The Orokonui Ecosanctuary is a wildlife reserve in Dunedin. It’s a safe refuge of some of the world’s rarest birds and other species of fauna and flora.
We can say that the Orokonui Ecosanctuary is our beacon of hope. For us all humanity and for biodiversity. Had it not for the efforts of some individuals, we and the next generation would have not known about some wildlife species. We would not have seen the world’s rarest birds. Or the rare native plants of New Zealand. Our ecosystem would have lost some of its important components.
What to see at Orokonui Ecosanctuary
When you visit the ecosanctuary, you would find these amazing species.
New Zealand pigeon. As the name suggests, this is an endemic bird to New Zealand. In most parts of the country, Māori calls it kūkupa. While in some parts of the North Island, they call it kūkū.
The New Zealand pigeons are the largest pigeon species. They play an important role in ecology. They are the only birds that are capable of eating the biggest native fruits and drupes.
New Zealand pigeons are regarded as frugivorous because they primarily feed on fruits from native trees. But they also browse on leaves and buds, especially the nitrogen-rich foliage.
Bellbird. This passerine bird is an endemic species to New Zealand. Māori calls it korimako and makomako. The bellbird song is famed for its distinct sounds. They resonate like that of chiming bells. You would hear them sing during the day. But more often during the early morning and late evening.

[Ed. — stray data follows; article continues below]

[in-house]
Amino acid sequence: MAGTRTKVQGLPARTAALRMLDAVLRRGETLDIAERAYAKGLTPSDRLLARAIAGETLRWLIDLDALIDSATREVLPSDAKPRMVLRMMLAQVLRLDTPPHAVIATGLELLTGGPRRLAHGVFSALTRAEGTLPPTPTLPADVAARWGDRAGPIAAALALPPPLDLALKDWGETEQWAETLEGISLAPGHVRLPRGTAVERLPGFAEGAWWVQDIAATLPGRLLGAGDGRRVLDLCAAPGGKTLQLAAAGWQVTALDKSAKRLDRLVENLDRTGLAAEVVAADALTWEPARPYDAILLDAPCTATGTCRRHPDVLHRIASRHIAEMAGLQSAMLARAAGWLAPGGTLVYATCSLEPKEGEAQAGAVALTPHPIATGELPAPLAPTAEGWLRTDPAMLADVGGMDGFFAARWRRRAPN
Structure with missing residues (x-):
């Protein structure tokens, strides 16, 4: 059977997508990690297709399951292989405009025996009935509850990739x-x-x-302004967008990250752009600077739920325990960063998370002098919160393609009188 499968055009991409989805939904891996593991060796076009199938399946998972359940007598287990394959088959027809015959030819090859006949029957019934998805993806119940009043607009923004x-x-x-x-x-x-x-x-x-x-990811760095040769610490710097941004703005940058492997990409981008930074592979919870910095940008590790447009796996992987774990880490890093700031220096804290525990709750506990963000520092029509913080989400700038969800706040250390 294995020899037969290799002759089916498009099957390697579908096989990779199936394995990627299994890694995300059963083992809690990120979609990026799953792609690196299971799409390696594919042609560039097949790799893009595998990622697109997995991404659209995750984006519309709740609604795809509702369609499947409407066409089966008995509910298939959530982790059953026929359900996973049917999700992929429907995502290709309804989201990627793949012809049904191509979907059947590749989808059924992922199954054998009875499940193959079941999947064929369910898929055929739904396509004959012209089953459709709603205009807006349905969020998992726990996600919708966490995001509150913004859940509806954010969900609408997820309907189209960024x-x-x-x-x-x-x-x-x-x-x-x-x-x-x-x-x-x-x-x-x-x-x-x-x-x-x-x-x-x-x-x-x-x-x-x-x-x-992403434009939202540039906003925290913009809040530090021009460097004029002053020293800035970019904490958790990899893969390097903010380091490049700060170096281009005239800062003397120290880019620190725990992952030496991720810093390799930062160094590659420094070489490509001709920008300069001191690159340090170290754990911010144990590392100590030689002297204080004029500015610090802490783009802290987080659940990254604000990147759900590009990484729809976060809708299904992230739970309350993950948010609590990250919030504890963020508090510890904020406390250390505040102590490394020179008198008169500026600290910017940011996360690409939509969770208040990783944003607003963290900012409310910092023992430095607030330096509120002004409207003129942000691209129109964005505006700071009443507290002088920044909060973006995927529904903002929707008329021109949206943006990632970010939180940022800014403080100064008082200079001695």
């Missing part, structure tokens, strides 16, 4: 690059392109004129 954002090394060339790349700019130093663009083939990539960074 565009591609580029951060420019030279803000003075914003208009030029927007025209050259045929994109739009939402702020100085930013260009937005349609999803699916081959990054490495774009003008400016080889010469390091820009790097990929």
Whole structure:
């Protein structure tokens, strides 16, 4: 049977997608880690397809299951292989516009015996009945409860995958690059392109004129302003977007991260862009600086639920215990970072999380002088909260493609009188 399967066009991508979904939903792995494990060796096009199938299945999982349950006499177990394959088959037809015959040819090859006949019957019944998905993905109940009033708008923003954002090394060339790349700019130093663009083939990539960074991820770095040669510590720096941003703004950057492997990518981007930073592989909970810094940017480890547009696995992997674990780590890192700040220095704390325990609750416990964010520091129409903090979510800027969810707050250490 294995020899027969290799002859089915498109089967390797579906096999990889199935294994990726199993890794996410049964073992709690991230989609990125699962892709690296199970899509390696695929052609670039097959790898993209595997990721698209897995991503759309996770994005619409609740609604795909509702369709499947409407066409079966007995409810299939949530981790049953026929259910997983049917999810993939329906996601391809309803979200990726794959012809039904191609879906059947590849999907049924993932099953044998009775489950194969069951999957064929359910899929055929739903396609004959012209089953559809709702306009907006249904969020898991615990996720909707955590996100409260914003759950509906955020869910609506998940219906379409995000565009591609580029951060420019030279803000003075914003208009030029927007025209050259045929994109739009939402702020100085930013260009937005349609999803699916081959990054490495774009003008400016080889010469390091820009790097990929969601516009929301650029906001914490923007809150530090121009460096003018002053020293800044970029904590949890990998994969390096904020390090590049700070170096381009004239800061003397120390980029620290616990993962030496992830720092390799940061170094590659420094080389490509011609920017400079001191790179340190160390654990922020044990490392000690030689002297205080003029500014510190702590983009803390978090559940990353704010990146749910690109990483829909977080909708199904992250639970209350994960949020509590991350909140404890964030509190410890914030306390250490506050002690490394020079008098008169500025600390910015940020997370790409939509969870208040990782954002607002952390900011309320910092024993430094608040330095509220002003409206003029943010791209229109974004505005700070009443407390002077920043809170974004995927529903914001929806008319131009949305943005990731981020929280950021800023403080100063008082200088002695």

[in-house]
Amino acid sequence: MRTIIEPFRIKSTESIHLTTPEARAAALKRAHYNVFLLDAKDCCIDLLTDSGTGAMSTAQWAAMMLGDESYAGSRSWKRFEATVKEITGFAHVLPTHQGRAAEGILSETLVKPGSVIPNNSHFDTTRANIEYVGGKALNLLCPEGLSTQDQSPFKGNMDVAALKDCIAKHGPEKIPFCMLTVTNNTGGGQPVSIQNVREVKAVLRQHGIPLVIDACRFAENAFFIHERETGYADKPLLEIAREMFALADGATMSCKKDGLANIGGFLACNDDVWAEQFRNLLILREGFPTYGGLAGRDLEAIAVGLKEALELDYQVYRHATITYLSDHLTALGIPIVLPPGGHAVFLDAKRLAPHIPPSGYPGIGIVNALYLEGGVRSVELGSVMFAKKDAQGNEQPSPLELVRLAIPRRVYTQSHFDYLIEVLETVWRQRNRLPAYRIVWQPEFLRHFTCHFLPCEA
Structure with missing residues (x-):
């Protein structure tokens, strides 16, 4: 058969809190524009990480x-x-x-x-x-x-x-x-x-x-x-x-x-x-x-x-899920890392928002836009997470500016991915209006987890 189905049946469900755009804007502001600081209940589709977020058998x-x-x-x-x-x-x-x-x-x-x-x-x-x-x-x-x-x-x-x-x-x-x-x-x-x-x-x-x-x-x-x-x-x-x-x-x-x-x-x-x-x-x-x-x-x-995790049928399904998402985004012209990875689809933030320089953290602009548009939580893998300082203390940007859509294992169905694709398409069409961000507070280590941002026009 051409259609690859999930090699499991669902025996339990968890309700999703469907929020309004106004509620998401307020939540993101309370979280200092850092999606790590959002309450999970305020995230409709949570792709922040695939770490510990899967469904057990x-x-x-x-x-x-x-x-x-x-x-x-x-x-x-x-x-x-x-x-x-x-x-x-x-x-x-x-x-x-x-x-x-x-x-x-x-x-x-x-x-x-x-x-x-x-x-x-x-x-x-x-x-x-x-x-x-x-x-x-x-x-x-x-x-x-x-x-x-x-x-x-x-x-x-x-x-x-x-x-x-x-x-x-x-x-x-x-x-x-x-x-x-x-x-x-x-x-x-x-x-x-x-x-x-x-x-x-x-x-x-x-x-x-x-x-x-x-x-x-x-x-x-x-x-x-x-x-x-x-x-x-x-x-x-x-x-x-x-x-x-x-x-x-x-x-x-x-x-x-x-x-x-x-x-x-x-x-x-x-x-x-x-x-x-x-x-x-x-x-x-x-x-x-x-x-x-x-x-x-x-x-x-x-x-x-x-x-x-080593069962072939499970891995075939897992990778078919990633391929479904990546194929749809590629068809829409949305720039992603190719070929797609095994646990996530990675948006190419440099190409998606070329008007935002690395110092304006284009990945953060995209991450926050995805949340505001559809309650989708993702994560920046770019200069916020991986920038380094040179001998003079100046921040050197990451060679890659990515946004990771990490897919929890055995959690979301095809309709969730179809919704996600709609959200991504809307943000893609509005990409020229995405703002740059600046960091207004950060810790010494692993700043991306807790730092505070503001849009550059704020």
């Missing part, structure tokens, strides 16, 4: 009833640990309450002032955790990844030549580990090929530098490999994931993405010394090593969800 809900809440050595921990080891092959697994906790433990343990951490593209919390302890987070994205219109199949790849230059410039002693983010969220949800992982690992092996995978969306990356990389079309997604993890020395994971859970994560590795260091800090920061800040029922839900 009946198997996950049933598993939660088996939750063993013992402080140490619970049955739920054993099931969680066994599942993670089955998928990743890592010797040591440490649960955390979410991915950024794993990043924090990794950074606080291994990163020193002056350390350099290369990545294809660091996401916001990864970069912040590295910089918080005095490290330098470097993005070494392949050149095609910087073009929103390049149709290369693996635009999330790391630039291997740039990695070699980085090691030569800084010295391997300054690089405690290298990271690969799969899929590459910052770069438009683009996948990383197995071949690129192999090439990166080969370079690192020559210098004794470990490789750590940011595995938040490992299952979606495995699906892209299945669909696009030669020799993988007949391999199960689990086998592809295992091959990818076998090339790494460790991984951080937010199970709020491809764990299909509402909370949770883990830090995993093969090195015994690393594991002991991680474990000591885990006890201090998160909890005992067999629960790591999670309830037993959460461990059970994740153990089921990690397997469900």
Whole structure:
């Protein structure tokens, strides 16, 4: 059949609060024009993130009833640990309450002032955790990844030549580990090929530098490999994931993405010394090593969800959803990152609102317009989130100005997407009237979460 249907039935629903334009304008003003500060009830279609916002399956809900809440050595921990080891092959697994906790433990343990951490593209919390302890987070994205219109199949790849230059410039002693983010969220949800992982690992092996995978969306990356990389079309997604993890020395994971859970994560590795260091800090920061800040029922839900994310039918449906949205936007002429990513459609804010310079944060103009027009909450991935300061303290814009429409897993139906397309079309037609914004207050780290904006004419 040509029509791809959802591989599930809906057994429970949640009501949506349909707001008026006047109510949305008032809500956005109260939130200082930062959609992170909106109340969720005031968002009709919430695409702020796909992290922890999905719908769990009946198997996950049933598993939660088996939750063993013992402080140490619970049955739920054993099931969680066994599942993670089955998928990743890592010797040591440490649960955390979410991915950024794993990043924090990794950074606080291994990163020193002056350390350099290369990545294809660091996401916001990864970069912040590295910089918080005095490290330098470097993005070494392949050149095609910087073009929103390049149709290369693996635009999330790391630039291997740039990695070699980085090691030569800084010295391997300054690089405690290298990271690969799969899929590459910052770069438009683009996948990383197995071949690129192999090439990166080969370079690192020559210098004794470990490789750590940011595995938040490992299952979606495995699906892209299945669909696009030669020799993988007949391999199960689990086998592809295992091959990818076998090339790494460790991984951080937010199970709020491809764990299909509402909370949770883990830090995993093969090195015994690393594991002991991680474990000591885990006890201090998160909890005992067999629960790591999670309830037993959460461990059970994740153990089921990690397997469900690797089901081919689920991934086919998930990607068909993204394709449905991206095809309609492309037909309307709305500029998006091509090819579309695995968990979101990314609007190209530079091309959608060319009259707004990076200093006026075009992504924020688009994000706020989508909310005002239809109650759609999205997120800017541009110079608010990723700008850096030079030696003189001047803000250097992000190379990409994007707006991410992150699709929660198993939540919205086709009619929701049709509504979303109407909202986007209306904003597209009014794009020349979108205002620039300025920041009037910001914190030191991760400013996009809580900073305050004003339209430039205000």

Bellbirds feed on fruits, insects, and nectar. And since they are honeyeaters, they play an important role in pollinating many native plants. Some of the plants that benefit from its pollination are the mistletoe, kowhai, and fuchsia.
Morepork. Moreporks are a small brown owl. They are also known as ruru or the Tasmanian spotted owl.
They are known to be top predators with a huge territory. They hunt for a variety of animals and insects. Most of their preys including small birds, rats, mice, scarab, huhu beetles, and wetas. Moreporks also feed on caterpillars, moths, spiders, and grasshoppers.
This species are mainly nocturnal birds. Although sometimes they can be active at dawn and at dusk. In dark nights and when the weather is bad, they may hunt during daylight.
Rare plants garden. The Orokonui Ecosanctuary is a safe haven for native plants as well. Some of the species that are now starting to thrive in its care include:
- Carex inopinata or the grassy mat sedge
- Euphorbia glauca
- Olearia fragrantissima. This is a more perfumed relative of the Olearia paniculata hedge.
These rare plants would have been lost from the environment due to competition with introduced species. The few that may have existed outside the sanctuary might have been struggling to survive from the munchings of browsing stock.
Come to Orokonui Ecosanctuary. Discover each species’ role in our ecosystem. And see how you could be of help to preserve, or even, increase their number. It’s not only a knowledge-enriching experience to be there. It’s fun interacting with the animals, too.
The ecosanctuary is situated on the hill above Blueskin Bay, Blueskin Road, Dunedin.